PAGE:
Home Page
Expert Help

From Downhill Racer To Cycling Inclusivity Advocate

Eliot Jackson, co-founder of Grow Cycling Foundation, talks about the origin and goals he has for his nonprofit.

Eliot Jackson is a Backcountry Trailbreaker—one of the advocates we sponsor to make the outdoors more accessible to all. As a former World Cup downhill racer, Eliot is leveraging his extensive knowledge of the bike industry to help underrepresented populations get into cycling through his nonprofit, Grow Cycling Foundation. We sat down with him to chat through his experiences, struggles, and hopes for the bike community.

What barriers to cycling does the Black community experience most often?

I think it is the lack of opportunity and access to pursue all that cycling has to offer. If I live in the city, I may have never had access to mountain bike trails or nice roads in the mountains, so I pursue art or music. If none of my friends ride, there’s not only a physical barrier of access, but also the social barrier of having to go outside of my own community—so much so that it is probably more rational for me NOT to get into cycling.

“Even after I get a bike, where do I ride it? Who do I go with? How do I get there? Where do I store it?”


One thing we can do from the start is expand the cultural definition of what a cyclist is. It is not a zero-sum environment, expanding the culture means we can celebrate the World Cup Downhill racer, the fixie hipster and the kid swerving on their back wheel all at the same time. Each one of those people are successful cyclists and shouldn’t be discounted just because they use the bike in a certain way.

Why build a pump track? 

A pump track can bring a piece of the outdoors (mountain biking) to the heart of a city. It can build community and foster connections. We can hold events and competitions. We can give kids a safe place to learn to ride while eliminating the risk of cars. It gives people a chance to fall in love with the bike and see the places it can take you, all without going outside your neighborhood.

What other projects are you working on right now?

Our safe place to learn: We are putting on kindergarten through first grade All Kids Bike programs and 6th-8th grade Outride programs in all the schools in the district. We think of this as the entry point for families to get familiar with the bike and a connector of the community. 

Our safe place to ride: This is the pump track—a place to hold events, clinics, and workshops. We want to export a new community’s culture into cycling, not the other way around. This means incorporating food, music, and art and building a sense of ownership of the space. Imagine having the local BBQ place provide food, a workshop on riding technique, and an on-site shop fixing and renting out bikes. 

Our safe place to thrive: To have a seat at the table, we have to know it exists. I want people to know they can be a software engineer in the cycling industry and that there are excellent opportunities here—so we launched a job board that is coming up on 200 jobs in the cycling space. In the future, I want to tackle the development and credentialing side of careers.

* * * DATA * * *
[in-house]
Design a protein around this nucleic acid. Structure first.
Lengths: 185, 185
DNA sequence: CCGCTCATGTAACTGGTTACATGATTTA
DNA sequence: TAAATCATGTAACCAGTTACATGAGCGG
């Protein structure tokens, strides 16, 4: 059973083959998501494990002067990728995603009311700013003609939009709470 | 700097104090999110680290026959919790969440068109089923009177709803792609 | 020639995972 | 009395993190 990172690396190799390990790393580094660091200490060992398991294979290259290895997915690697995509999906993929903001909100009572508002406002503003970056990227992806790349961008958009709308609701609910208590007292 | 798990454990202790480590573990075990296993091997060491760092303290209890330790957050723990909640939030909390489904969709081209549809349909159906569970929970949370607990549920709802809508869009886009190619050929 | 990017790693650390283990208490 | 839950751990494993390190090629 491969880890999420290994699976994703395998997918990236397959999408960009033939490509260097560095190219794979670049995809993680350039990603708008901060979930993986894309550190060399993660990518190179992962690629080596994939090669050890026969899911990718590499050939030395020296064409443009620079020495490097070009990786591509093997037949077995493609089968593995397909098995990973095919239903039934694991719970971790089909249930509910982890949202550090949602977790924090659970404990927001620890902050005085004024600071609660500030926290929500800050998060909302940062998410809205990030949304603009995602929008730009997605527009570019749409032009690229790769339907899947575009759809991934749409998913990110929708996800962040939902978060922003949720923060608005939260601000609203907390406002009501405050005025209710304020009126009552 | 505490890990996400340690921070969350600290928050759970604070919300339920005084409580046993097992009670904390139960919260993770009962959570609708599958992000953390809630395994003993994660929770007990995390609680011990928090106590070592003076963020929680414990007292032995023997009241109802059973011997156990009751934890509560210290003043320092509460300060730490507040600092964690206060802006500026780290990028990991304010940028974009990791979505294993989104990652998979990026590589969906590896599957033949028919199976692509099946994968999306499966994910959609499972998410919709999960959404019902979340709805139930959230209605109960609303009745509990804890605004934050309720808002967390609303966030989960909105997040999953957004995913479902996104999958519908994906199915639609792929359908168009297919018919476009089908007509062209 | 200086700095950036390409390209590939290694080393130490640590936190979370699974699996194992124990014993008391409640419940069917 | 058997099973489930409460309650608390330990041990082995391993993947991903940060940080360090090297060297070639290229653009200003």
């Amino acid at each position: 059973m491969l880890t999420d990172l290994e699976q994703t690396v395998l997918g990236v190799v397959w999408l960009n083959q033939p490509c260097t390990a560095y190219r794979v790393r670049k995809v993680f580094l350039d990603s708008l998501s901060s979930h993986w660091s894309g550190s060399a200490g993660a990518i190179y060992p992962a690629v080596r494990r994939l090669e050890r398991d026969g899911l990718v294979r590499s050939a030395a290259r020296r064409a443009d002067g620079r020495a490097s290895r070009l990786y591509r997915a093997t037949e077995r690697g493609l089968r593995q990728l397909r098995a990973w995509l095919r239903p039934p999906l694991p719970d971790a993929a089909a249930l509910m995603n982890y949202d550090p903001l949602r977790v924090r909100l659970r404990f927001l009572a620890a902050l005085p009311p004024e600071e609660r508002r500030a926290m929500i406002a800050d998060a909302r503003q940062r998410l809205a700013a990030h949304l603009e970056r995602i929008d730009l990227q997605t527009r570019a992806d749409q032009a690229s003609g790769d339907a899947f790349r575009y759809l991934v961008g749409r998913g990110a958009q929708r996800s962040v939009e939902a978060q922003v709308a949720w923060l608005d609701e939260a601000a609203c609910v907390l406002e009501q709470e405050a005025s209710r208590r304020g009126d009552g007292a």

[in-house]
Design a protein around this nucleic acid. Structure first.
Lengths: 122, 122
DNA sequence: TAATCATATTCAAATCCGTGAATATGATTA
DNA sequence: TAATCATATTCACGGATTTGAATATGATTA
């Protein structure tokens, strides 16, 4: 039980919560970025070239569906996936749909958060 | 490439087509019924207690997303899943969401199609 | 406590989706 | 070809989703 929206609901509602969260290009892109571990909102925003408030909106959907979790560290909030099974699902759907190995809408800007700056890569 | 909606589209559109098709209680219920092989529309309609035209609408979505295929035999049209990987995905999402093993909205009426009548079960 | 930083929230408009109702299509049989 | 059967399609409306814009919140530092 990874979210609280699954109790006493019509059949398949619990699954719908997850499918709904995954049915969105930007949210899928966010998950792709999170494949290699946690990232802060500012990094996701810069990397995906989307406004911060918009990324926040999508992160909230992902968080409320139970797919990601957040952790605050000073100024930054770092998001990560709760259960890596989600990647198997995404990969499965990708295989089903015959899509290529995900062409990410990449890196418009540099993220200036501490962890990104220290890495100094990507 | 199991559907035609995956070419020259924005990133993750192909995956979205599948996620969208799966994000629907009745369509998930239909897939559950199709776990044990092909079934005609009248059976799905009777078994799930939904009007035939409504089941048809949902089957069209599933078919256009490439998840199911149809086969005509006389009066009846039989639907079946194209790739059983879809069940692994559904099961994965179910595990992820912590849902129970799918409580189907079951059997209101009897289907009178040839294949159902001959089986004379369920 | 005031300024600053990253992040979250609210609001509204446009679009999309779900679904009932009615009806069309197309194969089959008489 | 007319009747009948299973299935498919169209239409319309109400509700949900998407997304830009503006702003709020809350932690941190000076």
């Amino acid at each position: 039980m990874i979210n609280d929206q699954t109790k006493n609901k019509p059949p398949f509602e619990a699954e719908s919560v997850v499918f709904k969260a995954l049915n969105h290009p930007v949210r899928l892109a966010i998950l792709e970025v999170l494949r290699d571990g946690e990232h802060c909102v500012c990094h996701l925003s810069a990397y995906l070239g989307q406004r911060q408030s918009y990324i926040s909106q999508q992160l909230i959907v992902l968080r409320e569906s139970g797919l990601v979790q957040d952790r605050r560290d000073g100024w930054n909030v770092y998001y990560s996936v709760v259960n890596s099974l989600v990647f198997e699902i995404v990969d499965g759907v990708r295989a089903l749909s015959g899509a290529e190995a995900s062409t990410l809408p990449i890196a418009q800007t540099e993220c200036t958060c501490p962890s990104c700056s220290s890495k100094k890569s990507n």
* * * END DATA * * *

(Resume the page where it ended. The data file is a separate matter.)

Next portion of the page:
What do you mean when you say you want participants to feel physically, emotionally & socially safe?
I was once riding through a nice neighborhood on one of my mountain bikes, not breaking any rules, literally just cruising down the street, and I had someone ask me where I got that bike and if I had stolen it. This is a situation that could have escalated—they could have called the police, the police could have come in super hot and thought I was lying, etc. Contrast that to someone else, who might have felt extremely safe in that situation because no one has ever asked them if they stole the bike they bought—or in my case, got paid to ride.

Tell us about an unforgettable experience you’ve had with Grow Cycling Foundation.

Having over 100 jobs posted within the first month of launching Grow Cycling Jobs was special to me because it was our first public initiative and it was the first time I made a real impact. Over 1,000 people applied for those jobs, including people of color who would have never had the opportunity otherwise. The messages that I received were something I will never forget.

Tell us about other members of the outdoor community and the outdoor advocacy community who inspire you. 
I think the downhill MTB community has always been really amazing. I’ve met some of my best friends there—stayed on couches, called in favors (more couches), experienced so much support and love and happiness.

Going to the first Backcountry Trailbreakers photoshoot, I met all of these extraordinary people and I would have never guessed that just being in the room with them would give me so much confidence in the work I was doing. 

Learn more about Breaking Trail and Eliot’s fellow Trailbreakers, and look out for a deep dive with Ron Griswell of HBCUs Outside coming up next.